Typically, simple fixed crosses are located on the arrows at the places where the inner crest of the wheel brace intersects both riding surfaces in the intersection area for trouble-free travel. The bandages of the wheels are so wide that they overlap the width of the longitudinal groove and just the width of the spider point sufficient to support it. With this free passage of the crest of the brace, the wheel brace, which transfers the load of the wheel, must ensure unhindered passage of intersecting riding surfaces without destroying the narrow tip of the cross.

Rigid rigid simple crosses made up of rails, consisting of three main parts (i.e., both guardrails and a simple point of the crosspiece), are connected to each other through bolts of the crosspiece, which should also prevent longitudinal displacement due to temperature fluctuations and braking. These bolted joints, which are currently being performed as highly tightened threaded joints of rigid simple crosses, have, along with a very high cost of manufacture and maintenance, other significant technical disadvantages that have a very negative effect on, in particular, the service life. A very high manufacturing cost is primarily due to the fact that instead of the usual for rails and arrows control rails, full rails with the corresponding rail profile are used for the tip. In order to be able to weld the cross section of both points made up of full rails, it is necessary to process both the main point and the side point with chip removal, and in the critical area in most cases milling to half. Before welding these two cross sections in the simple tip of the crosspiece, it is necessary to preheat the zone to be welded to a temperature of about 400-500 o C, so that cracks do not occur during welding of high-carbon rail steel. This temperature must be maintained throughout the entire welding process. However, in most cases it is not kept at this level, so that martensite forms in the welding zone, and the seams break after a short time or the sharp rails break, which, unfortunately, is still very common at present.

 In addition, the transfer region of the bandage from the guardrail to the tip or vice versa is often subjected to thermal improvement or annealing to perlite to reduce wear. However, with thermal improvement or annealing for perlite, decarburization occurs in the initial and final zones, which leads to a decrease in the hardness of these zones, which in practice, after a short period of operation, leads to high maintenance costs due to the so-called soft holes.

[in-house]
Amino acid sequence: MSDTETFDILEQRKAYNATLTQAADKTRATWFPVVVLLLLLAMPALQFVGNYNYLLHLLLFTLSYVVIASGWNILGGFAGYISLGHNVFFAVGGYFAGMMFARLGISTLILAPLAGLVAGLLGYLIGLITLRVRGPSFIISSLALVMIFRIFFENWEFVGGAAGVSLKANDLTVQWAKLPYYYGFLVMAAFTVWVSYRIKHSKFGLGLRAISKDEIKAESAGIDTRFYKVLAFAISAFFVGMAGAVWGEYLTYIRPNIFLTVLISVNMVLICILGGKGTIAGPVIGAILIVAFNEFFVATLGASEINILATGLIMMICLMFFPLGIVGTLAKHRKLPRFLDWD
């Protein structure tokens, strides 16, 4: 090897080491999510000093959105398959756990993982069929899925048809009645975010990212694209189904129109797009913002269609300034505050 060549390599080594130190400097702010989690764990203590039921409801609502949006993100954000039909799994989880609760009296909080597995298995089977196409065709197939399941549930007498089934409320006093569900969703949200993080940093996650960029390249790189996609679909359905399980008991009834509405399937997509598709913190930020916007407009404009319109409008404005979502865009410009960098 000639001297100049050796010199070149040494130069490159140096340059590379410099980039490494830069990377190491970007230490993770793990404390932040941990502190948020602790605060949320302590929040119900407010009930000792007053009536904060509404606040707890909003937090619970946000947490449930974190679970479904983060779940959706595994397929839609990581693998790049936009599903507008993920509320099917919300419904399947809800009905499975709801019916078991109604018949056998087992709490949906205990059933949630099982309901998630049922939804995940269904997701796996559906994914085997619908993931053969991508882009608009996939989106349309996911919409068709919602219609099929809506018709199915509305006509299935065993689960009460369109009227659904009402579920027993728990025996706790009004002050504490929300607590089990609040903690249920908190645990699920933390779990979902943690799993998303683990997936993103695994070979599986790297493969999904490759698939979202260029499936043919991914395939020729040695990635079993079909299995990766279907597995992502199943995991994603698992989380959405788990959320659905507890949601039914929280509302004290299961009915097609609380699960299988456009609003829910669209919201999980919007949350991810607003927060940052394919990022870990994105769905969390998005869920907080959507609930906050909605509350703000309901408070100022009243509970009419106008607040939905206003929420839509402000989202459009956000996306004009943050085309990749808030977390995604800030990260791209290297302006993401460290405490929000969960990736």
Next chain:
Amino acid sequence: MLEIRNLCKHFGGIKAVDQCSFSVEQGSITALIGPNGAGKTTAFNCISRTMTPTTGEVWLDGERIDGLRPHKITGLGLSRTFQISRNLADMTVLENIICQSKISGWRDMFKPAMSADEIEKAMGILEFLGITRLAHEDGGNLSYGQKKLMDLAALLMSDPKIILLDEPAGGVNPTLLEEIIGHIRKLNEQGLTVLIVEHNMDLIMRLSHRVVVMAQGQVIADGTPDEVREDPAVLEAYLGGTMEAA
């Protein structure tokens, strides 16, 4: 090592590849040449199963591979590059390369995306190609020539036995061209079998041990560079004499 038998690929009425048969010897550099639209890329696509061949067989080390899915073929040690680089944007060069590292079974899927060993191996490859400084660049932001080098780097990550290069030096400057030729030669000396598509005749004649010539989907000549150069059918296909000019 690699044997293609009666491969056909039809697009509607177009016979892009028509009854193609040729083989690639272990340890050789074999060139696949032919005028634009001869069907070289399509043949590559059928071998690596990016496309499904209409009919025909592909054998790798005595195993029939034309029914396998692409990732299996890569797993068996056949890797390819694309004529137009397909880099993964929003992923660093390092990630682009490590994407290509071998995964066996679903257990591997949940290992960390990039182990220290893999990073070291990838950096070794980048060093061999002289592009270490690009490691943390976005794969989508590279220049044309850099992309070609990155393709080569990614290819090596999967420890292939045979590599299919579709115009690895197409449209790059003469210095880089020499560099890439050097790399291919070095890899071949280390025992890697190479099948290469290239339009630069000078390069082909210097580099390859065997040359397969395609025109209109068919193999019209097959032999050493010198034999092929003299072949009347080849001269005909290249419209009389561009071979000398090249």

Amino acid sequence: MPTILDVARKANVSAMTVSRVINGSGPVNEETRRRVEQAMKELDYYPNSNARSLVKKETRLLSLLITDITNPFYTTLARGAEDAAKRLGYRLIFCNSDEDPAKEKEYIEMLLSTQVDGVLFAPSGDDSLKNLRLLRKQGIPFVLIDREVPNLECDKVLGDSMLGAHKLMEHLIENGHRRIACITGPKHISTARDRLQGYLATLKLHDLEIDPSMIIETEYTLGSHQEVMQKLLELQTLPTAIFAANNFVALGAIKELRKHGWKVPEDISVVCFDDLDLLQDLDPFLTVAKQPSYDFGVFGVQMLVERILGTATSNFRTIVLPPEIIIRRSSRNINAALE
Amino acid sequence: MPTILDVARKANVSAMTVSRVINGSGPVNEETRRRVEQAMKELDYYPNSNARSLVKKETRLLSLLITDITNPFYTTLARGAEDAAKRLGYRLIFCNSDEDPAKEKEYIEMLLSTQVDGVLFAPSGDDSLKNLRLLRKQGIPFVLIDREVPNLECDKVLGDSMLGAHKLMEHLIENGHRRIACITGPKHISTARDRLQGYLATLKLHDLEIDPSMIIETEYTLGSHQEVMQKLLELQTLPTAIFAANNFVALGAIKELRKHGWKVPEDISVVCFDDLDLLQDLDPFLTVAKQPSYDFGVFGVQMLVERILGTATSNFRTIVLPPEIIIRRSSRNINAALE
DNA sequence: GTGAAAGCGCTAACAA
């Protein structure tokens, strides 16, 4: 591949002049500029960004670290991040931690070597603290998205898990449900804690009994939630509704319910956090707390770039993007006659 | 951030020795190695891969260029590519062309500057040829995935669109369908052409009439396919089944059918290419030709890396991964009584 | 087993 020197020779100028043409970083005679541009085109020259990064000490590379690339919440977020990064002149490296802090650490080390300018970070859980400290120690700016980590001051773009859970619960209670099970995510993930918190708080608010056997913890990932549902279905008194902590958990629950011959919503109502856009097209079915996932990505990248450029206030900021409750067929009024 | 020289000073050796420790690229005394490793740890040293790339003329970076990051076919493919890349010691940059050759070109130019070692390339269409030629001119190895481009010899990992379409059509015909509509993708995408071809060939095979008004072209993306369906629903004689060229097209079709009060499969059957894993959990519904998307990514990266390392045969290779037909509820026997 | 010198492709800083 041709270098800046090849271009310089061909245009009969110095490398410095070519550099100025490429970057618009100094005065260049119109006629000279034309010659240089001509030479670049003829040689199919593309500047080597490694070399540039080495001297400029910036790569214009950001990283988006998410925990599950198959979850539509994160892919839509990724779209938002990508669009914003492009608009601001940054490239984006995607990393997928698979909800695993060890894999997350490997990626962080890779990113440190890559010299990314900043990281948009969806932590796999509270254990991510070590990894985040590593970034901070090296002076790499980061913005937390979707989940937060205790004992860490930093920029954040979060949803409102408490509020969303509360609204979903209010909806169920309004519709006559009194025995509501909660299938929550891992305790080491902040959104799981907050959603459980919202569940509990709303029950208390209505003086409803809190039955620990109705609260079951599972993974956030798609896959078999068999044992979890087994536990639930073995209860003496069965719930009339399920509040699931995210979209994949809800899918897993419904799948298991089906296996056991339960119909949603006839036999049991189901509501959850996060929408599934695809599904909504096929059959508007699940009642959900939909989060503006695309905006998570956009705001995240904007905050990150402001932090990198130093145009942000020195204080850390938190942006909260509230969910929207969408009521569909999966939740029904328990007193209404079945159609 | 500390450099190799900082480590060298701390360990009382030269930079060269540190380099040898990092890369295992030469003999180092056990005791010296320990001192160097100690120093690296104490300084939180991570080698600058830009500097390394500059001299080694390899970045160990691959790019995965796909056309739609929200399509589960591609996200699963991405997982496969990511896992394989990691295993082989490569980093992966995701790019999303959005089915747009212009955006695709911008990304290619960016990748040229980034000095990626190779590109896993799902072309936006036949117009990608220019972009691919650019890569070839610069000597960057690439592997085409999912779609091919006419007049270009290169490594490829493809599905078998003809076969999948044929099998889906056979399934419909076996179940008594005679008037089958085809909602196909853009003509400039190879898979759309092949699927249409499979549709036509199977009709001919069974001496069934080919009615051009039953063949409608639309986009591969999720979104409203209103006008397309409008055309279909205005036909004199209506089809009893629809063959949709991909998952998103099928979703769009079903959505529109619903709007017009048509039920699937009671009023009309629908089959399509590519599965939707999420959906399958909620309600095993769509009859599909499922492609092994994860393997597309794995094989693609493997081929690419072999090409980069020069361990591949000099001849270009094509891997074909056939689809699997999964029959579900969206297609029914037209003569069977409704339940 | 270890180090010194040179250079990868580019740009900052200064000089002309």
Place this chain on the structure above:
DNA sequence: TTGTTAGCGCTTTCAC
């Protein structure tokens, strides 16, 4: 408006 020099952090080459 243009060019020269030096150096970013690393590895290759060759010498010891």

It is also known from DE 3339442 C1 that the tip of the cross in the area of greatest wear, mainly in the initial area, is provided with a recess in which an insert of high manganese hard steel is firmly mounted. High manganese hard steel is held by a press fit, which is created by a low temperature shrink method. Although this method lengthens the life of the tip of the spider, it is very complicated and costly and creates an almost inelastic tip of the spider.

 It is necessary to drill holes both through the blocks of the spider and through the guardrails, which, on the one hand, is associated with high cost and, on the other hand, leads to a break in the rails if the edges of the holes are not thoroughly cleaned. Perhaps a tight connection of the contact surfaces of the gaskets with the sinuses between the heads and soles of the guardrails requires high manufacturing costs. The main reason for heavy wear and, therefore, a relatively short service life is the too high rigidity of the transmission region of the wheel band from the guardrail to the core and vice versa due to the too compact cross-section, therefore, the total moment of inertia about the X axis of the combination of the guardrail, spider point and spacers. In EP 0 287 796 it is already recognized that this problem can be solved by more elasticity than before, i.e. due to the possibility of relative vertical movement between the tip of the cross and the guardrail, in order to perceive only small forces in the weakened areas of the tip of the cross and significant forces in areas with a large cross section of the rail. Due to the fact that both guardrails are still rigidly connected to each other through the tip of the crosspiece, their moment of inertia is still relatively large. In addition, there the tip of the crosspiece is installed as a console to achieve the effect of a bending rod, i.e., the free end can deviate in the vertical direction, while the back region is fixed rigidly. Thus, during travel, the front zone of the crosspiece tip bends down and the skating surface in the fixation area experiences a tensile load, which after a short time of operation led to a break in the rails.